Canada Pledges $970 Million to Nuclear Energy

Canada will provide $970 million CAD in financing to develop a grid-scale small modular reactor (SMR). The new nuclear technology is a key part of Canada’s plan to reduce carbon emissions and can be used for a range of applications from grid-scale electricity generation to use in industry and remote communities.

The project is being developed by Ontario Power Generation (OPG) in Darlington, Ontario. This will be the first commercial grid-scale SMR in the G7 group of nations, according to Natural Resources Minister Jonathan Wilkinson.

The Bruce Site in Ontario, Canada

The funding is offered as low-interest debt from the Canada Infrastructure Bank’s (CIB) pool dedicated to clean power investments and will be applied to preparation work required prior to nuclear construction (e.g., project design, site preparation etc.).

Canada receives about 15% of its energy from nuclear power, with 19 reactors mostly in Ontario. Together, the generate about 13.6 GWe of power capacity.  The country is a leader in nuclear research and technology, exporting reactor systems developed in Canada as well as  a higher proportion of the world supply of radioisotopes used in medical diagnosis and cancer therapy.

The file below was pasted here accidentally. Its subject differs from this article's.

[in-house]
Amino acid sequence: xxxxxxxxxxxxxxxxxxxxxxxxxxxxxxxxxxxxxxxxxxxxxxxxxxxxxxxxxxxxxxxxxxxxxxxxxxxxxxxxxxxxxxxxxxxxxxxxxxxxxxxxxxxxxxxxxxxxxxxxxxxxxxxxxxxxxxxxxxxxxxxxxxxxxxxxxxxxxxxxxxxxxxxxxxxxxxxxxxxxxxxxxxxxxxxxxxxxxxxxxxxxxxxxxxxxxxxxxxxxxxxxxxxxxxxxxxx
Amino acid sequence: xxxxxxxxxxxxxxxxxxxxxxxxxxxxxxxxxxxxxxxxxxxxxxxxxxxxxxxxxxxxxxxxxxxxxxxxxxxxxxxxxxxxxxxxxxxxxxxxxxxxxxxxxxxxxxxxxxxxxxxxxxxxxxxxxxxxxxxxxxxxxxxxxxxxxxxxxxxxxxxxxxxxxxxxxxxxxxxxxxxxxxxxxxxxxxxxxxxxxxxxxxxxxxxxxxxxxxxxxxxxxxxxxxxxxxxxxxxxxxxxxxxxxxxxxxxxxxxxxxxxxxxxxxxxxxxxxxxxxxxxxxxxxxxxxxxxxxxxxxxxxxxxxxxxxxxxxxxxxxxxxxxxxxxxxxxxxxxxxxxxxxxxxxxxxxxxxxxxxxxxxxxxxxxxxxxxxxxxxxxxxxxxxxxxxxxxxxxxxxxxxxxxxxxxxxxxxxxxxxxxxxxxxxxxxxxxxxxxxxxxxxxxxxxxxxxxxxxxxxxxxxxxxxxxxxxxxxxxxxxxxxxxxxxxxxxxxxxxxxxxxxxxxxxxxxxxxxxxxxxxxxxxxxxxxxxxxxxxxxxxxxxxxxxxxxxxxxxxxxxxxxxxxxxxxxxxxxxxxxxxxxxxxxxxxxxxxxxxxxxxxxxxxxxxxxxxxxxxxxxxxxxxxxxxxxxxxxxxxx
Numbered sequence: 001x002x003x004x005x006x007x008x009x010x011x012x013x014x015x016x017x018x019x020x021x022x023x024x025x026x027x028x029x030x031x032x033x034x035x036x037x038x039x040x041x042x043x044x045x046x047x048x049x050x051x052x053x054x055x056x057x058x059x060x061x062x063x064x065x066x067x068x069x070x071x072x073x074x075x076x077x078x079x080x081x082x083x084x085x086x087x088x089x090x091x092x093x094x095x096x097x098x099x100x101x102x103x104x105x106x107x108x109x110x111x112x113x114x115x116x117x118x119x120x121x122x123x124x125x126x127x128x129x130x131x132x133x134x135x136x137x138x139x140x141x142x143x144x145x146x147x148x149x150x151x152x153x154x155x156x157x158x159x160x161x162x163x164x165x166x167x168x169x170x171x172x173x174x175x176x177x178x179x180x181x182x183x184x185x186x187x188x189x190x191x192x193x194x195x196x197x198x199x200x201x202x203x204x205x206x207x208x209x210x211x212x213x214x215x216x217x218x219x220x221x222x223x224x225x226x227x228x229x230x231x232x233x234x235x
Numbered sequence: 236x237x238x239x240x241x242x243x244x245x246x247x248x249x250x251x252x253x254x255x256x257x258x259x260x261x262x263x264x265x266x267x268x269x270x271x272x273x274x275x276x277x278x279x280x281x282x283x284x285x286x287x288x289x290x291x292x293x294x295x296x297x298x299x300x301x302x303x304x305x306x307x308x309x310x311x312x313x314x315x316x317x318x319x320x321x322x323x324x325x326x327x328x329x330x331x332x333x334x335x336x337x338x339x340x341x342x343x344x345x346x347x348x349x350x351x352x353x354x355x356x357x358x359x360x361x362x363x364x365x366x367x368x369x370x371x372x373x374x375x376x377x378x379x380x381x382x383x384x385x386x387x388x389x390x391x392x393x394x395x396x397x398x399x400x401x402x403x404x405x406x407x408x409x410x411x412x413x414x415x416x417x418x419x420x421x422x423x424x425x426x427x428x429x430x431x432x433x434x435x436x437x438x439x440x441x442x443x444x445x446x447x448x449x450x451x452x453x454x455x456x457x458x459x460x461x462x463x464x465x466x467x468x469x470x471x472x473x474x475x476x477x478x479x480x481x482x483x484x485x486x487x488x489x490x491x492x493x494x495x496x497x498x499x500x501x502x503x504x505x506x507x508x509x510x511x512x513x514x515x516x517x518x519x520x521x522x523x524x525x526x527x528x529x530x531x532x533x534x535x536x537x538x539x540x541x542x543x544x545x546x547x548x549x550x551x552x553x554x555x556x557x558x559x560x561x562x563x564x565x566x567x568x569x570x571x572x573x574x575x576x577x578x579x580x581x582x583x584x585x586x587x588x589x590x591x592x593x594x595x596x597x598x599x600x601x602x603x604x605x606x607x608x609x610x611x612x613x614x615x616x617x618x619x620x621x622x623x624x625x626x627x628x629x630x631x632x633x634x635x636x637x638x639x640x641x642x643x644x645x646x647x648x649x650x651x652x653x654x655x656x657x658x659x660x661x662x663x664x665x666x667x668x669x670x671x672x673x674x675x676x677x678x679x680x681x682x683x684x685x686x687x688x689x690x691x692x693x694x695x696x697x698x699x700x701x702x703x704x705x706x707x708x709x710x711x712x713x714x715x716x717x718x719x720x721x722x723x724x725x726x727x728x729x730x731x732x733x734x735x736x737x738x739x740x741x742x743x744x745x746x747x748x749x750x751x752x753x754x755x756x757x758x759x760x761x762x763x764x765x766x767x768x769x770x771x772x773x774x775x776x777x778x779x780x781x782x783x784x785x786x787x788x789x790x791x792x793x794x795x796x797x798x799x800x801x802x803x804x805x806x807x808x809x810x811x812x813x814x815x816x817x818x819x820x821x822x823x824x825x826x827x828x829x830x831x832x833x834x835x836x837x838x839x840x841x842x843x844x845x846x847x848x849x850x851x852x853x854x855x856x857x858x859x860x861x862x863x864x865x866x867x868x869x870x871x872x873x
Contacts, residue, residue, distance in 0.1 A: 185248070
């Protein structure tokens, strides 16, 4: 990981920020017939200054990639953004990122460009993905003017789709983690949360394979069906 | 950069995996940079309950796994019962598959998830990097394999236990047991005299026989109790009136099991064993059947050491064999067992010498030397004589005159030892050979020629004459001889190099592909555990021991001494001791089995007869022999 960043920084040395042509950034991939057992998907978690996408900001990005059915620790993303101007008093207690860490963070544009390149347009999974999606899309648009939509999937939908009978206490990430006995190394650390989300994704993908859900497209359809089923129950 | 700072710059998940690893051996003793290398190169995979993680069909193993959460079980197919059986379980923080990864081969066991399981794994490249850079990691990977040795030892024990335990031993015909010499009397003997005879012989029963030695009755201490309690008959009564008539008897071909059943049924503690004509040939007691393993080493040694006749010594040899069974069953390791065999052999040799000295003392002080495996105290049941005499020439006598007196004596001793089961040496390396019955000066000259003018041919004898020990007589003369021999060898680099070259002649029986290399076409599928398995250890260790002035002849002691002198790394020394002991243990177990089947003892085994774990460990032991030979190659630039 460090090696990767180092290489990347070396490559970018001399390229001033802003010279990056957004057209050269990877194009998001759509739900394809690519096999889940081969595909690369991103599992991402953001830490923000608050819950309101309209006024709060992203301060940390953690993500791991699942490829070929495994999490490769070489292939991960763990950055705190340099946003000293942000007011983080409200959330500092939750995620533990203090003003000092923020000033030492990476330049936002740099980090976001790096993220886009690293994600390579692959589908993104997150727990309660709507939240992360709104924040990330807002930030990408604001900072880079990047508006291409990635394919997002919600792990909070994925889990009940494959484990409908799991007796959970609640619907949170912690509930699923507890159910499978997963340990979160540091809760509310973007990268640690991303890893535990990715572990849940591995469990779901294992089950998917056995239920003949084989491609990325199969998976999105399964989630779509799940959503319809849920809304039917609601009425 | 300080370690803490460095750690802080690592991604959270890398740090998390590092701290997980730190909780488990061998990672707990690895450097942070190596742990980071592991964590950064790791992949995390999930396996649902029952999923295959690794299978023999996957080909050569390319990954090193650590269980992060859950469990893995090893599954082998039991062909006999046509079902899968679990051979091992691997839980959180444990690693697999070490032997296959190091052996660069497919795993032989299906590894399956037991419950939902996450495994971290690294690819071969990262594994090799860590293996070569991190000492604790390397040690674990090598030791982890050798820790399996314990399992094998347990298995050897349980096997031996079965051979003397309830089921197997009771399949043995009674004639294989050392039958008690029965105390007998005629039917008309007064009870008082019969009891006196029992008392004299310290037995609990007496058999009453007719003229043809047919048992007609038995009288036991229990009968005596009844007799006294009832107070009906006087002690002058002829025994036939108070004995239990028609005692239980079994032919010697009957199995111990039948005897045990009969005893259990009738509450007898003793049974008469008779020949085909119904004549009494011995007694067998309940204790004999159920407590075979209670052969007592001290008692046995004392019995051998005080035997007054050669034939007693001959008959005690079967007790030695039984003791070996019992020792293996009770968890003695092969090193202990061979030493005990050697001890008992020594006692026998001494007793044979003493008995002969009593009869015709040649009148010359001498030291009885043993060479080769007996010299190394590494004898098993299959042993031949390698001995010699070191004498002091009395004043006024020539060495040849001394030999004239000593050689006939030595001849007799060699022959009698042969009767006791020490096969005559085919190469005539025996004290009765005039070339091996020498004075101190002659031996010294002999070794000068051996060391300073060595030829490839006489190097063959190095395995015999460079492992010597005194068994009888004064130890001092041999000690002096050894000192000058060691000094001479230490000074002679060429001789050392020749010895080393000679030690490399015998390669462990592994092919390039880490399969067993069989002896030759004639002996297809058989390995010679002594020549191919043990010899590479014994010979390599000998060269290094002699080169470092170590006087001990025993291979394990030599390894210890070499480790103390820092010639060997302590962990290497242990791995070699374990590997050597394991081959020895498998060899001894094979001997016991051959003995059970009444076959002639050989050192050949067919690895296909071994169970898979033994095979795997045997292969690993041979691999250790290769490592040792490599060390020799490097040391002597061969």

Canada had plans to expand its nuclear capacity by building two more new reactors, but these have been deferred.

Wilkinson commented on the financing move:

“We are doing this because nuclear energy – as a non-emitting source of energy – is critical to the achievement of Canada’s and the world’s climate goals. Nuclear power is one source that can help in reaching our climate targets while addressing growing future demand.”

According to the Government of Canada, their nuclear industry is set to become a leader in the SMR market, estimated to be at $150 billion a year by 2040. Canada has had an action plan put together surrounding SMRs since 2020 and is engaging with potential stakeholders in nuclear opportunities including Indigenous Metis and Inuit groups along the countries’ North, Albertan and Saskatchewan regions.

Canada has a short-term goal of cutting emissions 40% to 45% below 2005 levels by 2030. OPG anticipates the SMR project to be completed by 2030 and said that road building on the site would start this year. The reactors are designed by GE Hitachi Nuclear Energy, an alliance between General Electric Co. (GE.N) and Japan’s Hitachi Ltd., and could power approximately 300,000 homes after completion.


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